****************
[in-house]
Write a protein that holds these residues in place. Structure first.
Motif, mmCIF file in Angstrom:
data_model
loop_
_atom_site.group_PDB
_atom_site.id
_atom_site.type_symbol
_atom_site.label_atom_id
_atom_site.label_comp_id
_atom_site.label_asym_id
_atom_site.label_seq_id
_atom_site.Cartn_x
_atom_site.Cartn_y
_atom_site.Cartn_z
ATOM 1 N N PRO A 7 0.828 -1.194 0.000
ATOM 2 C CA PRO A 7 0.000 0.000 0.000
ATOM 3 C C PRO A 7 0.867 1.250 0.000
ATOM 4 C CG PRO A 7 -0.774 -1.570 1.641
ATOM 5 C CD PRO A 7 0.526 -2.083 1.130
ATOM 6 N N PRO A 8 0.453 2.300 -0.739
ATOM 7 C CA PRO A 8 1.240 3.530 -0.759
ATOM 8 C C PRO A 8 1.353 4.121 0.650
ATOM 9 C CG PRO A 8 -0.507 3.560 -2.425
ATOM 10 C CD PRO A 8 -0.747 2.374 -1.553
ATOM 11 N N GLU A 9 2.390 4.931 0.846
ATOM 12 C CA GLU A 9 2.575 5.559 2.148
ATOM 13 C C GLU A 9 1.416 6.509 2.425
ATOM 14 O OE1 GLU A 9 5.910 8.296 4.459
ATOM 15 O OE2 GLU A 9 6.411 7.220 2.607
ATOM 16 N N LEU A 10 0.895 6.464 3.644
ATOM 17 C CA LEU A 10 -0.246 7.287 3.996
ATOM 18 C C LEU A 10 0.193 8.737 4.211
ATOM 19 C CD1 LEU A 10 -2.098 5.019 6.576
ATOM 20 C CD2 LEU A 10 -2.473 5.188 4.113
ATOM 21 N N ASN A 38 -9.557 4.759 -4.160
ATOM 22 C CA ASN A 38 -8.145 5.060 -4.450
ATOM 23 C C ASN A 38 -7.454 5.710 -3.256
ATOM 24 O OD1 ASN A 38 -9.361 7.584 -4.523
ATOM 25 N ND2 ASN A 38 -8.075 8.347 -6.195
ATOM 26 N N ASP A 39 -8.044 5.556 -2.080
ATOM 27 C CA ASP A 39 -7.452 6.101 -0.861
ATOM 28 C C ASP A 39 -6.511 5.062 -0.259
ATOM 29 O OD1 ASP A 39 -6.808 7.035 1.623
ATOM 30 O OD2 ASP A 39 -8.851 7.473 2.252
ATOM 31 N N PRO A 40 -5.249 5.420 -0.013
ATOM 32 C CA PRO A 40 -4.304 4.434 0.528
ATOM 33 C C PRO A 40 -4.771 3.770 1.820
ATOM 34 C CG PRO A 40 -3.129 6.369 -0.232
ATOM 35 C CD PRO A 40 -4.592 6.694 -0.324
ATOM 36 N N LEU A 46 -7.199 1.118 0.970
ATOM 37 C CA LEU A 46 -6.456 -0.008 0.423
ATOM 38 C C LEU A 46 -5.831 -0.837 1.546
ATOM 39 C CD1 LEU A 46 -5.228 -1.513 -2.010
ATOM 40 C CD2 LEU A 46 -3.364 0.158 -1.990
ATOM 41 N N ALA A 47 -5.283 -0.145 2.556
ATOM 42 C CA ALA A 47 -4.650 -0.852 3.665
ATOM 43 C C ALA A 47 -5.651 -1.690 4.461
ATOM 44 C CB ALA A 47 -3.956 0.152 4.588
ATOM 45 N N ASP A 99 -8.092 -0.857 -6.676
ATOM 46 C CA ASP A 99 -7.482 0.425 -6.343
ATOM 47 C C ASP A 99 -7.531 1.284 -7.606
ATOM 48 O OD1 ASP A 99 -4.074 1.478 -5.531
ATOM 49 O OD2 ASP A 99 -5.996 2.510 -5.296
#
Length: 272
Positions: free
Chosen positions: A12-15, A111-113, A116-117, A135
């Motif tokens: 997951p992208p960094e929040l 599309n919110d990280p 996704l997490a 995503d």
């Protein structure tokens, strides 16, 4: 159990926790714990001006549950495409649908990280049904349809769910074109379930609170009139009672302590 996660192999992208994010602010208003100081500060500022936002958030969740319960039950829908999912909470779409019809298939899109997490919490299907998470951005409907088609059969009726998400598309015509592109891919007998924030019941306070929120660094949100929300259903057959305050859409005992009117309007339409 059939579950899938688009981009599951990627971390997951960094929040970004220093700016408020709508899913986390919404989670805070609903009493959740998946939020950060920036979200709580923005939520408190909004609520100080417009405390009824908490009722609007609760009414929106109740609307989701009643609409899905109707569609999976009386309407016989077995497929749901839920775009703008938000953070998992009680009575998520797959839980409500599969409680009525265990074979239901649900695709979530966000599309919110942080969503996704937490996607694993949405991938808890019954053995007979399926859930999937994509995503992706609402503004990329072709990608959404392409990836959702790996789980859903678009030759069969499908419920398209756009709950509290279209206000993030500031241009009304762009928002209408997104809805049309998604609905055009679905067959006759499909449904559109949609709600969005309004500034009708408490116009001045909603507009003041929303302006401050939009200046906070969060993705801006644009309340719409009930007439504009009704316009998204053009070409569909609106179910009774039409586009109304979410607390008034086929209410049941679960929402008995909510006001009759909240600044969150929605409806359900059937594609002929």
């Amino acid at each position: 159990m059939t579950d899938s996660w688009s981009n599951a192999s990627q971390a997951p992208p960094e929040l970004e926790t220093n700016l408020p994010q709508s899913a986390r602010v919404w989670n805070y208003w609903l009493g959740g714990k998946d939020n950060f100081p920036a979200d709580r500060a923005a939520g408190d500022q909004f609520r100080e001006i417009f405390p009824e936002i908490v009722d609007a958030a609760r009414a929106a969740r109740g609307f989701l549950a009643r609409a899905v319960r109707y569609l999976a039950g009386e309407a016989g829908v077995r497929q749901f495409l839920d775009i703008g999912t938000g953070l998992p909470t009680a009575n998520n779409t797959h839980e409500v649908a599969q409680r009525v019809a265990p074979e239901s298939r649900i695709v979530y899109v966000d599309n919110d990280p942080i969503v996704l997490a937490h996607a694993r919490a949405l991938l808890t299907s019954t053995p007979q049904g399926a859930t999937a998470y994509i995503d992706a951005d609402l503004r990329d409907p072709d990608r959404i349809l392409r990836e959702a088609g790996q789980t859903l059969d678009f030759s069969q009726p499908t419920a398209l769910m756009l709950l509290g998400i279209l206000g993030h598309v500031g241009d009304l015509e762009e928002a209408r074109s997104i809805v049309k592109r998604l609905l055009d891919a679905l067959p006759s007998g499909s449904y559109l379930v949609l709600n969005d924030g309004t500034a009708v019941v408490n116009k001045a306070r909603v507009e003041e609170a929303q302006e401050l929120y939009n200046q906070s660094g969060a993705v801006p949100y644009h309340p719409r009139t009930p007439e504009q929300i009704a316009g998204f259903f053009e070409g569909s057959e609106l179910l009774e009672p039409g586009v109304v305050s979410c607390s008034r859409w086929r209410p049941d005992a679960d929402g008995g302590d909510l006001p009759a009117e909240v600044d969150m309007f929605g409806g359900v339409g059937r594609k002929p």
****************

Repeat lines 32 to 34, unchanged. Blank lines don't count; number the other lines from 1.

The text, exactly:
ATOM 17 C CA LEU A 10 -0.246 7.287 3.996
ATOM 18 C C LEU A 10 0.193 8.737 4.211
ATOM 19 C CD1 LEU A 10 -2.098 5.019 6.576